In ultrasonography, a signal generator is combined with a transducer. Piezoelectric crystals in the signal generator convert electricity into high-frequency sound waves, which are sent into tissues. The tissues scatter, reflect, and absorb the sound waves to various degrees. The sound waves that are reflected back (echoes) are converted into electric signals. A computer analyzes the signals and displays the information on a screen.
Ultrasonography is portable, widely available, and safe. No radiation is used.
Ultrasound information can be displayed in several ways.
This display mode is the simplest; signals are recorded as spikes on a graph. The vertical (Y) axis of the display shows the echo amplitude, and the horizontal (X) axis shows depth or distance into the patient. This type of ultrasonography is used for ophthalmologic scanning.
This mode is most often used in diagnostic imaging; signals are displayed as a 2-dimensional anatomic image. B-mode is commonly used to evaluate the developing fetus and to evaluate organs, including the liver, spleen, kidneys, thyroid gland, testes, breasts, and prostate gland. B-mode ultrasonography is fast enough to show real-time motion, such as the motion of the beating heart or pulsating blood vessels. Real-time imaging provides anatomic and functional information.
This mode is used to image moving structures; signals reflected by the moving structures are converted into waves that are displayed continuously across a vertical axis. M-mode is used primarily for assessment of fetal heartbeat and in cardiac imaging, most notably to evaluate valvular disorders.
This type of ultrasonography is used to assess blood flow. Doppler ultrasonography uses the Doppler effect (alteration of sound frequency by reflection off a moving object). The moving objects are RBCs in blood.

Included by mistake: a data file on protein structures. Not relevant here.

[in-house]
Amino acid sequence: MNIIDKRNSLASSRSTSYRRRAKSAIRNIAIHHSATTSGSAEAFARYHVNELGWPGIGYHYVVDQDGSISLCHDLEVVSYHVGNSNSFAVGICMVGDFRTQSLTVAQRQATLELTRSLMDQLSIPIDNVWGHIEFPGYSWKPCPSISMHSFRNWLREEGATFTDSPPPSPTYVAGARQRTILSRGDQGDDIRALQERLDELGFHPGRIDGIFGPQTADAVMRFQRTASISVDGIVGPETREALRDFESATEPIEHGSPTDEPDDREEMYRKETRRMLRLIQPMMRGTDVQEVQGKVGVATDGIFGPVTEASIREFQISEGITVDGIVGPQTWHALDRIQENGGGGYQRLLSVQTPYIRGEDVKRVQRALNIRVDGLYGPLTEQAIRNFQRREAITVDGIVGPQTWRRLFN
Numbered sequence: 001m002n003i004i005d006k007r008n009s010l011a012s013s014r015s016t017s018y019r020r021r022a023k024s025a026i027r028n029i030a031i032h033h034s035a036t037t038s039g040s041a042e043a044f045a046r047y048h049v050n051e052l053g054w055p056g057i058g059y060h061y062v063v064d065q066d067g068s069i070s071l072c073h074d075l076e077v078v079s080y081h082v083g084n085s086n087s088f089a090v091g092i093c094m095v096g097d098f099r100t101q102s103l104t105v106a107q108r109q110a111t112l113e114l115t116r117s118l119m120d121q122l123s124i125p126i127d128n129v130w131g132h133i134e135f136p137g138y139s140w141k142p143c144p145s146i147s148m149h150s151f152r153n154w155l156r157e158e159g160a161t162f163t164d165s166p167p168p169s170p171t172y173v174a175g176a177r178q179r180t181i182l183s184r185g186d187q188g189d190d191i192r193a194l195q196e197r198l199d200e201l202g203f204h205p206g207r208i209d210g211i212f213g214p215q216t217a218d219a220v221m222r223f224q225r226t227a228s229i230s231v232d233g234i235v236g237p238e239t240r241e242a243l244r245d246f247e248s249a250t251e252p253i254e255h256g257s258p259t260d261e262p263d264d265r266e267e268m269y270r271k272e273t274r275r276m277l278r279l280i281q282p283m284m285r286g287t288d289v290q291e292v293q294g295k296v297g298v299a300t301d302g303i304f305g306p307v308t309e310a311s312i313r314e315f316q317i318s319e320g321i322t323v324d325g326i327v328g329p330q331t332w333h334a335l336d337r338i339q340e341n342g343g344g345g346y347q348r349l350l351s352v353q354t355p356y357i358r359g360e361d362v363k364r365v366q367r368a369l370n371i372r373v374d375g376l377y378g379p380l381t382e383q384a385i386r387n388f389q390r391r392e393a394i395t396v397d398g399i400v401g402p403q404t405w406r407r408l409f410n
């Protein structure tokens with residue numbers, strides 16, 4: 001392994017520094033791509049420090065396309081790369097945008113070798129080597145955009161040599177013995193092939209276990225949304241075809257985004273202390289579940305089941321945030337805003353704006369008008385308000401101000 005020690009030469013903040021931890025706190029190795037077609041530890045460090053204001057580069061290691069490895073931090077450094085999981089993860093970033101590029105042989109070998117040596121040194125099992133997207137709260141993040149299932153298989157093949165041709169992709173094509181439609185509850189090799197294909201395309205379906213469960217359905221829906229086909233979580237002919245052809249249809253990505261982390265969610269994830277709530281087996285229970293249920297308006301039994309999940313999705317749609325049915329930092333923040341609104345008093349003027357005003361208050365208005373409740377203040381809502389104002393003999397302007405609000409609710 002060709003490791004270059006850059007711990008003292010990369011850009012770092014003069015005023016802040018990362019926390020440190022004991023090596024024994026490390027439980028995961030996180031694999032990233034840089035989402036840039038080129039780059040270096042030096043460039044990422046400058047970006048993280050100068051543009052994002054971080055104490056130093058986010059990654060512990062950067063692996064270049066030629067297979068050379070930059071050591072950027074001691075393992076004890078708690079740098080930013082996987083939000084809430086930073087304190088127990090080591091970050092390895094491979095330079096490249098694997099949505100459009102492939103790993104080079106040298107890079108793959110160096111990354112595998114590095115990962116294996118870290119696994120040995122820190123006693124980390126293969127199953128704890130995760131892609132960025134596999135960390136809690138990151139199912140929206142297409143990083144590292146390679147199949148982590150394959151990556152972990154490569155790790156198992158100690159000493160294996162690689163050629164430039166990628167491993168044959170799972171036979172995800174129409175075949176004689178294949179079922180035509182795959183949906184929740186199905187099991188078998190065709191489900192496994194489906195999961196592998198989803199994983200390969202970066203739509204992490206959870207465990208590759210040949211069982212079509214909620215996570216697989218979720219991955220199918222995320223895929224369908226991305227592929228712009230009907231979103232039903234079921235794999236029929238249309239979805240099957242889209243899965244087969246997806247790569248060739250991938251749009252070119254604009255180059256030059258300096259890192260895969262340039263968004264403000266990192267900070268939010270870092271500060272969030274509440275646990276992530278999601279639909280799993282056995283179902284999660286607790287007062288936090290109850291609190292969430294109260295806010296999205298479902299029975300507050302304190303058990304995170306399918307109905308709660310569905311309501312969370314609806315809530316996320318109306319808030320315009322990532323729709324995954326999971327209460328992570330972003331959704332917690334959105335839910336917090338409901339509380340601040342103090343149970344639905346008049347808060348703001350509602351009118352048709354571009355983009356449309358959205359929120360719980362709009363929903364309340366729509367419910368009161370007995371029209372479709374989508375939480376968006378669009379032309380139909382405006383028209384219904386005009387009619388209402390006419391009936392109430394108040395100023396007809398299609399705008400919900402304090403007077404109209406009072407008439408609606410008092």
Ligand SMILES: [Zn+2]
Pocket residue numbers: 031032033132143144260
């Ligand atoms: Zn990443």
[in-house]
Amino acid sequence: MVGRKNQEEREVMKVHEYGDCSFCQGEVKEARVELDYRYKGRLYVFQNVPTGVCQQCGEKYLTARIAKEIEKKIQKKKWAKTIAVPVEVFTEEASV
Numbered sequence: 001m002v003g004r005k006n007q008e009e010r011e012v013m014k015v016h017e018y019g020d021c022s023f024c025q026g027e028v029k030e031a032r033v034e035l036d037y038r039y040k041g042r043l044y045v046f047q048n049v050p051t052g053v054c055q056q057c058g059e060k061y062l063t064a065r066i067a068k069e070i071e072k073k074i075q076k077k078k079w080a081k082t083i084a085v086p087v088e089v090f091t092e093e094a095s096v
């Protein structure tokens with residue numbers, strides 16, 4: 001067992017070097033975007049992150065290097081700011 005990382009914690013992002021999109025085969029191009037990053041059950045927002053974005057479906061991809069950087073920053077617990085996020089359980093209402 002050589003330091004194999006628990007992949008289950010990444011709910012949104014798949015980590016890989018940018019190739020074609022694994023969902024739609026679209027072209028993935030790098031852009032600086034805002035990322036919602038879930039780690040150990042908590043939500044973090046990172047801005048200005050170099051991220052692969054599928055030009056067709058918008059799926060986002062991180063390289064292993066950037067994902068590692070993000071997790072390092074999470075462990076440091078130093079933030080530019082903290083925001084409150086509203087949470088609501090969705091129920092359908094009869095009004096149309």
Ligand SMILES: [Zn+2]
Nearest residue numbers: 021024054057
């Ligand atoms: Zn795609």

Direction and velocity of blood flow can be determined by analyzing changes in the frequency of sound waves:
Changes in frequency of the reflected sound waves are converted into images showing blood flow direction and velocity.
Duplex Doppler ultrasonography combines the graphic display of spectral ultrasonography with the images of B-mode. For color Doppler ultrasonography, color is superimposed on a gray-scale anatomic image. The color indicates direction of blood flow. By convention, red indicates flow toward and blue indicates flow away from the transducer.
Doppler ultrasonography is also used to evaluate vascularity of tumors and organs, to evaluate heart function (eg, as for echocardiography), to detect occlusion and stenosis of blood vessels, and to detect blood clots in blood vessels (eg, in deep venous thrombosis).
Quality of images depends on the skills of the operator. Obtaining clear images of the target structures can be technically difficult in overweight patients.
Ultrasonography cannot be used to image through bone or gas, so certain images may be difficult to obtain.
Last full review/revision July 2008 by Jon A. Jacobson, MD
Content last modified October 2010